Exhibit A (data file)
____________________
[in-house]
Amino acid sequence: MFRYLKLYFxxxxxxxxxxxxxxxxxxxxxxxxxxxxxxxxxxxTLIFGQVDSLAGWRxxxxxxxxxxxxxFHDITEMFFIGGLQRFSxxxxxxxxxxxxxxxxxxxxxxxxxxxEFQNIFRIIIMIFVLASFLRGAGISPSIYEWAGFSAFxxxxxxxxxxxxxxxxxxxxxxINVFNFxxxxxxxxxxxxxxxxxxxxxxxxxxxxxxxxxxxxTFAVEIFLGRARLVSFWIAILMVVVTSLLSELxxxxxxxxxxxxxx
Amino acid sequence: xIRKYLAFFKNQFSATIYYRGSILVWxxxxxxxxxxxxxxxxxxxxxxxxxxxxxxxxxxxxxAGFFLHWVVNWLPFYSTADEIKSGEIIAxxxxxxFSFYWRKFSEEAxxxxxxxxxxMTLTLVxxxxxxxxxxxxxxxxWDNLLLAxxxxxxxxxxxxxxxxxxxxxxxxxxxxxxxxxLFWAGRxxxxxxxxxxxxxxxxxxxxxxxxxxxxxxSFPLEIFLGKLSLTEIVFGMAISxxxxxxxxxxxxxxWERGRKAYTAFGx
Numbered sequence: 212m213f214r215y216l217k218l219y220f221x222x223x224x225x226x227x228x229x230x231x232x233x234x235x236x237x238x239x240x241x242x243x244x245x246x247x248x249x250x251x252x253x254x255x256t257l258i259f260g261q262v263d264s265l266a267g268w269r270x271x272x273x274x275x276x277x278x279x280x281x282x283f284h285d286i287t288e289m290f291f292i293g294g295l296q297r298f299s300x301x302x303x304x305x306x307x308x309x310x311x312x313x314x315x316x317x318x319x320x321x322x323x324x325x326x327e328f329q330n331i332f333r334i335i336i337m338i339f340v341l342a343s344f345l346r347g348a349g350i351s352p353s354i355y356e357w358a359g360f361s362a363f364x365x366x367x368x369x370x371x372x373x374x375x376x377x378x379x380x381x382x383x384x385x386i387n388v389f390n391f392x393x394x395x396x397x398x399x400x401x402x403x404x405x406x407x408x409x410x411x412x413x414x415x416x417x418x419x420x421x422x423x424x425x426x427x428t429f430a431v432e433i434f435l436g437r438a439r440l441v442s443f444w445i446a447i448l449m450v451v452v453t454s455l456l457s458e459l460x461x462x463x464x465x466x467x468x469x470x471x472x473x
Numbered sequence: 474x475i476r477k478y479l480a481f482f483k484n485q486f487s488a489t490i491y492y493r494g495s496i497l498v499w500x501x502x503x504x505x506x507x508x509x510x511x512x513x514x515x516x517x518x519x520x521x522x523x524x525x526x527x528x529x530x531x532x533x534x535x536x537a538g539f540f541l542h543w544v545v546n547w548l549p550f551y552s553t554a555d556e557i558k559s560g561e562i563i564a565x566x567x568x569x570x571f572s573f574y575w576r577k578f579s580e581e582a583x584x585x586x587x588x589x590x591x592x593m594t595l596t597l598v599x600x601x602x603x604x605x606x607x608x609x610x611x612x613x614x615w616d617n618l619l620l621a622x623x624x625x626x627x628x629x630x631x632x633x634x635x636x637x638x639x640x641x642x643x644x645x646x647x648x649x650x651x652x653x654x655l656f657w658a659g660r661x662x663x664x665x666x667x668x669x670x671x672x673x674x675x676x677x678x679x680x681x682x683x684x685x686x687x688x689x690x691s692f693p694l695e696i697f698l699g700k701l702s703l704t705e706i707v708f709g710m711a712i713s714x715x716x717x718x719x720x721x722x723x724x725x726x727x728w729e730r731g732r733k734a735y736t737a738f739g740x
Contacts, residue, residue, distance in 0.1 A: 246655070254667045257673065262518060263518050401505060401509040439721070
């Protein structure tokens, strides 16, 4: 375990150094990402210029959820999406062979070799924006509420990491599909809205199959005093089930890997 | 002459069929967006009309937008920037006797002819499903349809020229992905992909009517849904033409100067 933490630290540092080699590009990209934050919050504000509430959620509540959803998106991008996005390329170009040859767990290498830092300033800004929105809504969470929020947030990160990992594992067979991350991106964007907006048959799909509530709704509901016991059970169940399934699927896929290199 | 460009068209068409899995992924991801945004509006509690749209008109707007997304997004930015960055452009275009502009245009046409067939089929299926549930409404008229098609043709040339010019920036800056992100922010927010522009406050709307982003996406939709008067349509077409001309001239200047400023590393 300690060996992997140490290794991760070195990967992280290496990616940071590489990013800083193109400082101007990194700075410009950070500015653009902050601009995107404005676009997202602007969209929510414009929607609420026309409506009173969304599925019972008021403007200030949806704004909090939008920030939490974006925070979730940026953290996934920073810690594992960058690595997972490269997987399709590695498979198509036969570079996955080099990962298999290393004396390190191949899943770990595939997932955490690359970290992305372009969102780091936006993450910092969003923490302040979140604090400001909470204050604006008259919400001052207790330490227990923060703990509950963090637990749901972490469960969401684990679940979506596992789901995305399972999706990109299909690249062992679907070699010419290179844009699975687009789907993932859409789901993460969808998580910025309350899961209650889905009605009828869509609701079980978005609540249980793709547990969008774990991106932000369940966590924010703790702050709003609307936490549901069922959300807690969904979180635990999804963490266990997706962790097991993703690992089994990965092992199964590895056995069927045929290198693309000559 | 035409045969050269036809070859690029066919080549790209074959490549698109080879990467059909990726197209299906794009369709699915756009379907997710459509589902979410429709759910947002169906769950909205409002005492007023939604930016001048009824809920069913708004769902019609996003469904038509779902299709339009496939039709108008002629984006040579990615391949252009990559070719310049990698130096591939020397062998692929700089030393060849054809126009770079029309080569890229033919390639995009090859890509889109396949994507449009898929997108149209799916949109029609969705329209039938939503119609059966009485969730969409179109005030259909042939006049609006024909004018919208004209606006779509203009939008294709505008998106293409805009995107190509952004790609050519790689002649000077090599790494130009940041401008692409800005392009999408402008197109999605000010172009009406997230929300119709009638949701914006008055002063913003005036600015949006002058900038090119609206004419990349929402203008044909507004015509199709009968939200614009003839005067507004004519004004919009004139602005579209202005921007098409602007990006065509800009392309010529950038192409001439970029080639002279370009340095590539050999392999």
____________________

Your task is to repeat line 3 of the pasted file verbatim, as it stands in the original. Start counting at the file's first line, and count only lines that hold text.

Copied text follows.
Amino acid sequence: xIRKYLAFFKNQFSATIYYRGSILVWxxxxxxxxxxxxxxxxxxxxxxxxxxxxxxxxxxxxxAGFFLHWVVNWLPFYSTADEIKSGEIIAxxxxxxFSFYWRKFSEEAxxxxxxxxxxMTLTLVxxxxxxxxxxxxxxxxWDNLLLAxxxxxxxxxxxxxxxxxxxxxxxxxxxxxxxxxLFWAGRxxxxxxxxxxxxxxxxxxxxxxxxxxxxxxSFPLEIFLGKLSLTEIVFGMAISxxxxxxxxxxxxxxWERGRKAYTAFGx